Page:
Olson Farms Signs Deal to Sell 30% of Stock to Winn Unit

Times Staff Writer

Olson Farms Inc. of Sherman Oaks Monday reversed a previous decision and signed a tentative agreement to sell a 30% ownership interest to an affiliate of Fullerton-based Winn Enterprises for $7.2 million.

The reversal stemmed from a power struggle for control between the founding family of the company, one of the state’s largest egg distributors, and other directors.

The agreement prompted members of the family of C. Dean Olson, the founder and largest shareholder, to file a petition with a Delaware state court. They asked the court to decide if Olson’s board is legally in control of the company and empowered to sign the agreement with the Winn unit.

Stock Price of $13 Set


Under an agreement announced jointly by Winn’s Anaheim-based subsidiary, Southwest Overthrust Oil & Gas Co., and Olson Farms, Southwest will purchase 552,000 shares of newly issued Olson Farms common stock for $13 per share, according to R. Sam Christiansen, executive vice president of Southwest.

That is the same offer that the company rejected in early May when Olson Farms tentatively agreed to sell the shares for a slightly higher price to C. Dean Olson and two members of his family.

The original Winn offer on May 1 set off a chain of events that led to a conflict between two boards of directors that now claim to be running the company. The 11-member board that approved the sale to Winn is chaired by John W. Buffington. A second, five-member board is chaired by C. Dean Olson, and it claims to have been created by valid consents from a majority of Olson Farms shareholders who oppose the Winn transaction.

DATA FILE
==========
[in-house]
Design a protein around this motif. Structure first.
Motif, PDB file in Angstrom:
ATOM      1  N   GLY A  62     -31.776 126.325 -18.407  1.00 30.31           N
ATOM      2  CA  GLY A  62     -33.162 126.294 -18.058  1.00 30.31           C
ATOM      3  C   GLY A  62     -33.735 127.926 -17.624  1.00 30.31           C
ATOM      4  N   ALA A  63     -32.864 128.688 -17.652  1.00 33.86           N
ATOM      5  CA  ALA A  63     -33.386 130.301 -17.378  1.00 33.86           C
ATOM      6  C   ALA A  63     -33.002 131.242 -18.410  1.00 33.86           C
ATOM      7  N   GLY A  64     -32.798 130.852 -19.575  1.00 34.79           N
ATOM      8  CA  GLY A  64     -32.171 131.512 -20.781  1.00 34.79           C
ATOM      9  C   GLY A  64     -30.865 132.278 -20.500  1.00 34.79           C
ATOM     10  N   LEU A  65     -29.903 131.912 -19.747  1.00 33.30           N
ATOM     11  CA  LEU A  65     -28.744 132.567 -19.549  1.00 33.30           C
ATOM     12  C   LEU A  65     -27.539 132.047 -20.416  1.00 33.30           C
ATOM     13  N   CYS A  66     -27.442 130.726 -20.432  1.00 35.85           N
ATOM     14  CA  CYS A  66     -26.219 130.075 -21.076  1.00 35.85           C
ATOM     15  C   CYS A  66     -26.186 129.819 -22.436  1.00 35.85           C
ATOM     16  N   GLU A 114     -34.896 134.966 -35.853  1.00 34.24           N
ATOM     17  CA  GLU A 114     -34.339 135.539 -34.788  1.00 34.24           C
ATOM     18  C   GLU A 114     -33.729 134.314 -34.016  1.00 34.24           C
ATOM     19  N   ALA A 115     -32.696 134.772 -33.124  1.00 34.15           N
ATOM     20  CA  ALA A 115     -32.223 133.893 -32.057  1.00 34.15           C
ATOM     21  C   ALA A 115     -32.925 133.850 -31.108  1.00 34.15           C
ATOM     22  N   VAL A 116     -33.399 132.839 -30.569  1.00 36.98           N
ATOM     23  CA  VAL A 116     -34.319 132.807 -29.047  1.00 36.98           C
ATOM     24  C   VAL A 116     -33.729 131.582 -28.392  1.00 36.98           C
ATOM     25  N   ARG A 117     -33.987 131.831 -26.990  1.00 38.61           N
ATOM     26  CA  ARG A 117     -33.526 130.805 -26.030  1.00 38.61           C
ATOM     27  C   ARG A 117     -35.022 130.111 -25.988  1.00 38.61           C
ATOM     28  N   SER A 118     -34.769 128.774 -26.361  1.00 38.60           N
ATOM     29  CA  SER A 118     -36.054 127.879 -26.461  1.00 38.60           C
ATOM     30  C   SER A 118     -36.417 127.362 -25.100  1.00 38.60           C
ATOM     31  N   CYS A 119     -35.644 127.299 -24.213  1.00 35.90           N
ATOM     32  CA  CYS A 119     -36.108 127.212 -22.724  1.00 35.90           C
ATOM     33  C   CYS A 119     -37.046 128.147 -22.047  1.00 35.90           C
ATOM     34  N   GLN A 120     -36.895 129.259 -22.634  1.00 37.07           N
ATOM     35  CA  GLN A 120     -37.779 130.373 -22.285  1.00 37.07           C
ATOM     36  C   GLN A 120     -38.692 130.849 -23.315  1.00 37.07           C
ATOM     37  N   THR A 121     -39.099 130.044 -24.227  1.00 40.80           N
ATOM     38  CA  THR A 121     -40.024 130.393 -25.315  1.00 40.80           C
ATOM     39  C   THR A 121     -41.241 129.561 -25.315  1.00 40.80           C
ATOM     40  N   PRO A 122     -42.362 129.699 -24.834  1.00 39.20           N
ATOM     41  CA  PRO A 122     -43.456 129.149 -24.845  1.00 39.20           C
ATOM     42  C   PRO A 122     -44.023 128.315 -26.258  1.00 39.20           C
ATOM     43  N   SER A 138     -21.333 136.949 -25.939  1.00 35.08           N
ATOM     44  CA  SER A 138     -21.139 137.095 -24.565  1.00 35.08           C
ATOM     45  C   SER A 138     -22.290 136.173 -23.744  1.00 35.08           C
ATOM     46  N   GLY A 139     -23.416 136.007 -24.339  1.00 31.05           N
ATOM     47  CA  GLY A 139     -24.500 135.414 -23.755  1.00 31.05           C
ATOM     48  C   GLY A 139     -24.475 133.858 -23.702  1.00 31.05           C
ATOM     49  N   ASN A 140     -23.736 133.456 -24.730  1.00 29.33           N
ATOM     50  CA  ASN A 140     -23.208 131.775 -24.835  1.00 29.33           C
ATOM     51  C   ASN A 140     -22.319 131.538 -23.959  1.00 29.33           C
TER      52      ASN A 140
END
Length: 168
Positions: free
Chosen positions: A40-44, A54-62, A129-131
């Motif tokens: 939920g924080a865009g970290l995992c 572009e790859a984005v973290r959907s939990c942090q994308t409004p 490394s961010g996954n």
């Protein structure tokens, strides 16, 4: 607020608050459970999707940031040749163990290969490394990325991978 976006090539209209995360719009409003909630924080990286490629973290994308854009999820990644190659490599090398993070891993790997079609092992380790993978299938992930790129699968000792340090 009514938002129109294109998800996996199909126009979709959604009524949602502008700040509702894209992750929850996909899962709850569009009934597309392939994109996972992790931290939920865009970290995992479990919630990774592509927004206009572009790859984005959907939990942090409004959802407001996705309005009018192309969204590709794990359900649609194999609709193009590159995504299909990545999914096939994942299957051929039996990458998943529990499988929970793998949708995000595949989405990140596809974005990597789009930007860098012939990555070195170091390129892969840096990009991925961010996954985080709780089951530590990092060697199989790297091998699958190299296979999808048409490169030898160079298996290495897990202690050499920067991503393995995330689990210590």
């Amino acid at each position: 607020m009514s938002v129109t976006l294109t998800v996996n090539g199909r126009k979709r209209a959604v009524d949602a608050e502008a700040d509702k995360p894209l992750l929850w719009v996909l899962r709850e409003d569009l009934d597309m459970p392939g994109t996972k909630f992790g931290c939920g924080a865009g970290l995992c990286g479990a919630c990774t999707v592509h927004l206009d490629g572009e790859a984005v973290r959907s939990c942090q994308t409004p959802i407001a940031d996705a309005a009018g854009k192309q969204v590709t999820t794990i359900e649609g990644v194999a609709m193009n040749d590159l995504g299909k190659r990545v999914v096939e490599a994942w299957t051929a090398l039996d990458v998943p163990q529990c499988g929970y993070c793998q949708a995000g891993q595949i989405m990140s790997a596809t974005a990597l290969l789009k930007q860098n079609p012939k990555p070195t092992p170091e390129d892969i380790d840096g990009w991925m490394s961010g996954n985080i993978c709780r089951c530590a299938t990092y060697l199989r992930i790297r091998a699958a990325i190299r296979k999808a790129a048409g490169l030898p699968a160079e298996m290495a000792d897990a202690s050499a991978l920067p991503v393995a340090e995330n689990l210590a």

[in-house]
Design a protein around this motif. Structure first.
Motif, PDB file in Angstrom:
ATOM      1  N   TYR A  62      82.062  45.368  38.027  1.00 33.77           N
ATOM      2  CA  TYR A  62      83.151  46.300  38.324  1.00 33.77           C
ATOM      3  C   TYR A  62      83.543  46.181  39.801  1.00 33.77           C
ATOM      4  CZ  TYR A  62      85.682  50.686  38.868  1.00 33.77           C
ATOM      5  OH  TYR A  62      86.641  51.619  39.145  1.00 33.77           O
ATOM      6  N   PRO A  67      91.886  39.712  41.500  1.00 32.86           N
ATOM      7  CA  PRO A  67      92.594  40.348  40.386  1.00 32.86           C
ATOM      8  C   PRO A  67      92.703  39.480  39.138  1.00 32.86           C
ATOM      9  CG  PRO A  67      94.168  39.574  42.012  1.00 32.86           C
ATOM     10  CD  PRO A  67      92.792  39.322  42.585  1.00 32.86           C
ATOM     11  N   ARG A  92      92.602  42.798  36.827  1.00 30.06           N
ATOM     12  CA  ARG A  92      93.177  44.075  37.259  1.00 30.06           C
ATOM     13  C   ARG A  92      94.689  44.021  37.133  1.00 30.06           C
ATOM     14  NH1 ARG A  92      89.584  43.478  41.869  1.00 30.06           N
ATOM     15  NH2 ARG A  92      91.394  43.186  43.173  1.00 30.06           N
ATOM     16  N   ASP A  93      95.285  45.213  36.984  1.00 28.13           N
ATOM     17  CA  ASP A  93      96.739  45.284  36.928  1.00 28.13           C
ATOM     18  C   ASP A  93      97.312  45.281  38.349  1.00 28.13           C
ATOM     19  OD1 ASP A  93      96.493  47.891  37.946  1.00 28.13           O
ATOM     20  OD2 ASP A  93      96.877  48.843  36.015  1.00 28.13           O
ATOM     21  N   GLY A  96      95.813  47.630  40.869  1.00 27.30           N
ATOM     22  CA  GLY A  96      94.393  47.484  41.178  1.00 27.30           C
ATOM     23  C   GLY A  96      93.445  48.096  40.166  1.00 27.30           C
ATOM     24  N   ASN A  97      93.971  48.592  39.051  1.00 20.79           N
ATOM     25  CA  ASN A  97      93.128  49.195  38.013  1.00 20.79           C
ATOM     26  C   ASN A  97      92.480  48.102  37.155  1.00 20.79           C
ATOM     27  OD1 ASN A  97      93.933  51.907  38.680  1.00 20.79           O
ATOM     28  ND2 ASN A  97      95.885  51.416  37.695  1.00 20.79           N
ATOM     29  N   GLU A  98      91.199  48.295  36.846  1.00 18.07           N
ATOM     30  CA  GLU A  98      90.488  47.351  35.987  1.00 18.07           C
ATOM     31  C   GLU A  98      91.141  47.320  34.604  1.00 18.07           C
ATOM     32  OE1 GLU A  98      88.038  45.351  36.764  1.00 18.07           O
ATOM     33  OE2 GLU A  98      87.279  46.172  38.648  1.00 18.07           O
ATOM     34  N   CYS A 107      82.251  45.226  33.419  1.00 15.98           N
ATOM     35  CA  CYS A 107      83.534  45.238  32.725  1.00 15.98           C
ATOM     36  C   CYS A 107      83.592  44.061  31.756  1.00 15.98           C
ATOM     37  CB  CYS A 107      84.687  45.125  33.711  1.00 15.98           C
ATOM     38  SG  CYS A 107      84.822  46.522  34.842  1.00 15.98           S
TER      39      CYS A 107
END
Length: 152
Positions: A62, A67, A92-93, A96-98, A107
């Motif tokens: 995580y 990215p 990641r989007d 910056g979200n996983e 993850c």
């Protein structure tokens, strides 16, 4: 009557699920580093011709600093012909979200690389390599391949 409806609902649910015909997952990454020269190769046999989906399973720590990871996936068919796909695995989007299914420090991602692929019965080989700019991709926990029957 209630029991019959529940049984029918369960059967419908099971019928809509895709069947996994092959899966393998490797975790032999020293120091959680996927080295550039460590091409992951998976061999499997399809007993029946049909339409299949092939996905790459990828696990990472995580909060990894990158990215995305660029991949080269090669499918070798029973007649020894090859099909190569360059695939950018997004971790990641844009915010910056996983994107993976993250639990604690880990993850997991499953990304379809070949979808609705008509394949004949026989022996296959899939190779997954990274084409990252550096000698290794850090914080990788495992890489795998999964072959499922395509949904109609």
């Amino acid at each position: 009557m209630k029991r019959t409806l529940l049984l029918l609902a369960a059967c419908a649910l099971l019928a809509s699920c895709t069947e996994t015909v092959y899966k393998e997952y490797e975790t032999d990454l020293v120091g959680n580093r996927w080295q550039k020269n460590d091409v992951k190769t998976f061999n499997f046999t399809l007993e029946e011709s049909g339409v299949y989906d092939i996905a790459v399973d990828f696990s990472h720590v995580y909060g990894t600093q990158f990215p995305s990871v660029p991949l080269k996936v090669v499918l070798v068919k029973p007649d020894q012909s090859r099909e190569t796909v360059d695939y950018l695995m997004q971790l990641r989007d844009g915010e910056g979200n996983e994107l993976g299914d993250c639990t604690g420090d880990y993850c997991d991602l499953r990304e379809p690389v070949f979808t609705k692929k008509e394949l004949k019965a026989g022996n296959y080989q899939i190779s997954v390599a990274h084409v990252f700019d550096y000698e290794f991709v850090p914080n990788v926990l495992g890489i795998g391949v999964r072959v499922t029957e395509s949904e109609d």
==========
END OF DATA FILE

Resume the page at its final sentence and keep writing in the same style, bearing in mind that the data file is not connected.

Delaware Petition


On Monday, C. Dean Olson and his daughter, Deanna, filed a petition with the Court of Chancery in Wilmington, Del., asking the court to decide which of the two boards is the valid board, according to Patricia Glaser, C. Dean Olson’s attorney. She said a tentative trial date has been set for June 14.

“We’d prefer that the shareholders decide who is the legitimate board,” Glaser said. “But we can’t get the other side to go to the shareholders, and it takes two to tango.”

The Olson shareholders meeting that had been scheduled for Friday has been postponed until July 15 under a recent amendment to the company’s bylaws. Jonathan M. Berge, executive vice president of Olson, said the meeting was postponed because “we want to know which board is running the company before we hold the meeting.”

Berge said that the offer from C. Dean Olson was rejected, “Because the bank financing terms were unacceptable.”


Dissidents’ Claims

But dissident Olson family members claim they were not given enough time to raise the money. And Glaser, C. Dean Olson’s attorney, said the sale to Winn is “bad for the company” because it changes the method of accounting from cash to accrual.

On May 1, Winn made a bid to purchase 30% interest in Olson Farms, but Winn called off its offer on May 6 when Olson Farms announced it had agreed to sell to C. Dean Olson. “We had no desire to do anything on an unfriendly basis,” Christiansen said. He said that Olson executives “contacted us” when the C. Dean Olson deal did not go through.

Southwest is a subsidiary of Mountain West Savings & Loan of Salt Lake City, which in turn is owned by Winn. The Winn division is in the process of changing its name from Southwest Overthrust Oil & Gas Co. to Mountain West Equities. “We want to get an awareness that we are not an oil and gas company,” Christiansen said.